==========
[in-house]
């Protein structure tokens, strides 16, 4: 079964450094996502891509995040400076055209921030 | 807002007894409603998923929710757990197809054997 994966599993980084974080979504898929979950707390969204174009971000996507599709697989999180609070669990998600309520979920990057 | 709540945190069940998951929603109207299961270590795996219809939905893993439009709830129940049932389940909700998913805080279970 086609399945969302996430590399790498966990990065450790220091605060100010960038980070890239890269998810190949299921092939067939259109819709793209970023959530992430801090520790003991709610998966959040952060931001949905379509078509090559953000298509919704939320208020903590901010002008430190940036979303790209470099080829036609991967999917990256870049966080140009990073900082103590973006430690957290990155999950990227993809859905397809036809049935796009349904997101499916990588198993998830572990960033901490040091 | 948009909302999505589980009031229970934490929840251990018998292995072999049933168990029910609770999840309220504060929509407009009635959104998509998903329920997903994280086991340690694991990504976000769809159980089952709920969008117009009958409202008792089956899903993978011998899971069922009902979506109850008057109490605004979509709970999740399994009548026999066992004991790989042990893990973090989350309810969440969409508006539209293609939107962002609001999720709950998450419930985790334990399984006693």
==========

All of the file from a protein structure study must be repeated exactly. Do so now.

[in-house]
């Protein structure tokens, strides 16, 4: 079964450094996502891509995040400076055209921030 | 807002007894409603998923929710757990197809054997 994966599993980084974080979504898929979950707390969204174009971000996507599709697989999180609070669990998600309520979920990057 | 709540945190069940998951929603109207299961270590795996219809939905893993439009709830129940049932389940909700998913805080279970 086609399945969302996430590399790498966990990065450790220091605060100010960038980070890239890269998810190949299921092939067939259109819709793209970023959530992430801090520790003991709610998966959040952060931001949905379509078509090559953000298509919704939320208020903590901010002008430190940036979303790209470099080829036609991967999917990256870049966080140009990073900082103590973006430690957290990155999950990227993809859905397809036809049935796009349904997101499916990588198993998830572990960033901490040091 | 948009909302999505589980009031229970934490929840251990018998292995072999049933168990029910609770999840309220504060929509407009009635959104998509998903329920997903994280086991340690694991990504976000769809159980089952709920969008117009009958409202008792089956899903993978011998899971069922009902979506109850008057109490605004979509709970999740399994009548026999066992004991790989042990893990973090989350309810969440969409508006539209293609939107962002609001999720709950998450419930985790334990399984006693």